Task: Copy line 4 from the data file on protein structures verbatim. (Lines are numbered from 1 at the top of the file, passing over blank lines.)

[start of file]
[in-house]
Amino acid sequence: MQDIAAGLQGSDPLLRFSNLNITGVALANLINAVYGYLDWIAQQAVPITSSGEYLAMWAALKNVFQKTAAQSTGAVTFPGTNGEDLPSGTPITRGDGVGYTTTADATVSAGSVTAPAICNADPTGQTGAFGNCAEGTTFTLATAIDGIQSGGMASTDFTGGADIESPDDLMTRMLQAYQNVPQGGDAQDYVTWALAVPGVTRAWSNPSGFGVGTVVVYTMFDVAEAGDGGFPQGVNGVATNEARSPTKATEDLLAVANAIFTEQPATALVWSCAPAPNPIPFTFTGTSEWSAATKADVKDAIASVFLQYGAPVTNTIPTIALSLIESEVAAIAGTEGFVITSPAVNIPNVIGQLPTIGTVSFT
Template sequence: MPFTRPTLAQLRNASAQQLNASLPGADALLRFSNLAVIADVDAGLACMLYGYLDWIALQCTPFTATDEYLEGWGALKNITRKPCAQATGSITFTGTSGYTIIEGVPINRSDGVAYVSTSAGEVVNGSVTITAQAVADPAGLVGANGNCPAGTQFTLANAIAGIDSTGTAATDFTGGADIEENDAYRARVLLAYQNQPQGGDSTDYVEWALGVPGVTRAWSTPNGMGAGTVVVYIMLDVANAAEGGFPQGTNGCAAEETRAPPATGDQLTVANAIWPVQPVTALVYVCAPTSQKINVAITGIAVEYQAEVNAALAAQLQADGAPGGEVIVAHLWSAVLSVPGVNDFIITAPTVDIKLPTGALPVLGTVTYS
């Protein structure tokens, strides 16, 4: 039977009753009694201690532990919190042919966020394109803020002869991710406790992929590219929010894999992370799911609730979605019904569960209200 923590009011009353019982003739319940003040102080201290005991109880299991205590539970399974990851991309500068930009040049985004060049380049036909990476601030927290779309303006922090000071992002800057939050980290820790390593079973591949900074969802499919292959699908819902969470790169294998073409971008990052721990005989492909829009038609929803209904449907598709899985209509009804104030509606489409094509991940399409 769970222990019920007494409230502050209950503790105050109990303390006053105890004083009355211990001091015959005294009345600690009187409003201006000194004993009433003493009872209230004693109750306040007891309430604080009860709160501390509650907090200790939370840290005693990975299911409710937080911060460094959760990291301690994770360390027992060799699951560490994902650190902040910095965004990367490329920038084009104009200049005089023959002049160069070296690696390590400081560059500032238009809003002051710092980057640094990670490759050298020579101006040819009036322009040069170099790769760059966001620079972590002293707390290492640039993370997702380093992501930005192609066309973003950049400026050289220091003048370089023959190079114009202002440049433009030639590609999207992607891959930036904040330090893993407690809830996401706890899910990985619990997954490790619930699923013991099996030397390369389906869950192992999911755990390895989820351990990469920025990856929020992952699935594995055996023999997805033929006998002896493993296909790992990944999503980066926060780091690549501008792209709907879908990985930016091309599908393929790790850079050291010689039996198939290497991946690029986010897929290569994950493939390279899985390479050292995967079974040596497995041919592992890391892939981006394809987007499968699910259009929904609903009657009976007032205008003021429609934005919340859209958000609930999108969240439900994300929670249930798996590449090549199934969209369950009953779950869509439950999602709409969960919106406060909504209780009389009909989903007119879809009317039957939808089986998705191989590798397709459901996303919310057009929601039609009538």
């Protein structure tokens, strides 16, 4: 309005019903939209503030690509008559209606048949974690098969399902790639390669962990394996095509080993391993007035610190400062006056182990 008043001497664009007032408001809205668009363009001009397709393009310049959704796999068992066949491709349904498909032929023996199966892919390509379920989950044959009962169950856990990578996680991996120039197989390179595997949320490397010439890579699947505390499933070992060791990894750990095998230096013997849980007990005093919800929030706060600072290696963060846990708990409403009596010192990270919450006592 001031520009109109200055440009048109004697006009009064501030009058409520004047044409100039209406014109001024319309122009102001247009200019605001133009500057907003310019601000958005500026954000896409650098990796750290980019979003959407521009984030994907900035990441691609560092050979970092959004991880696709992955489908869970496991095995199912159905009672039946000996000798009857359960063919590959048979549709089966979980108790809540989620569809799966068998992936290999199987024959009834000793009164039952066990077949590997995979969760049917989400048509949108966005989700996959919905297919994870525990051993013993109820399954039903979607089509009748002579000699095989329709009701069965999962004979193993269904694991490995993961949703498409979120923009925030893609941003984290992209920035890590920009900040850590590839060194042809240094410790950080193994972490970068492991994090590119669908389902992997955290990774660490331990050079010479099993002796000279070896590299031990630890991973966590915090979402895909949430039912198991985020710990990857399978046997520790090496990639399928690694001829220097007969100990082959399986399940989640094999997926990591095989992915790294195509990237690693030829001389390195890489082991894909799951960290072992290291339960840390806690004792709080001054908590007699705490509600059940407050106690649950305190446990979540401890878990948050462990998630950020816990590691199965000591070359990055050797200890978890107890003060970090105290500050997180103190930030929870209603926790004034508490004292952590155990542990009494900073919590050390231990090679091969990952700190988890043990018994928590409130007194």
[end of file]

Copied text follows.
């Protein structure tokens, strides 16, 4: 039977009753009694201690532990919190042919966020394109803020002869991710406790992929590219929010894999992370799911609730979605019904569960209200 923590009011009353019982003739319940003040102080201290005991109880299991205590539970399974990851991309500068930009040049985004060049380049036909990476601030927290779309303006922090000071992002800057939050980290820790390593079973591949900074969802499919292959699908819902969470790169294998073409971008990052721990005989492909829009038609929803209904449907598709899985209509009804104030509606489409094509991940399409 769970222990019920007494409230502050209950503790105050109990303390006053105890004083009355211990001091015959005294009345600690009187409003201006000194004993009433003493009872209230004693109750306040007891309430604080009860709160501390509650907090200790939370840290005693990975299911409710937080911060460094959760990291301690994770360390027992060799699951560490994902650190902040910095965004990367490329920038084009104009200049005089023959002049160069070296690696390590400081560059500032238009809003002051710092980057640094990670490759050298020579101006040819009036322009040069170099790769760059966001620079972590002293707390290492640039993370997702380093992501930005192609066309973003950049400026050289220091003048370089023959190079114009202002440049433009030639590609999207992607891959930036904040330090893993407690809830996401706890899910990985619990997954490790619930699923013991099996030397390369389906869950192992999911755990390895989820351990990469920025990856929020992952699935594995055996023999997805033929006998002896493993296909790992990944999503980066926060780091690549501008792209709907879908990985930016091309599908393929790790850079050291010689039996198939290497991946690029986010897929290569994950493939390279899985390479050292995967079974040596497995041919592992890391892939981006394809987007499968699910259009929904609903009657009976007032205008003021429609934005919340859209958000609930999108969240439900994300929670249930798996590449090549199934969209369950009953779950869509439950999602709409969960919106406060909504209780009389009909989903007119879809009317039957939808089986998705191989590798397709459901996303919310057009929601039609009538």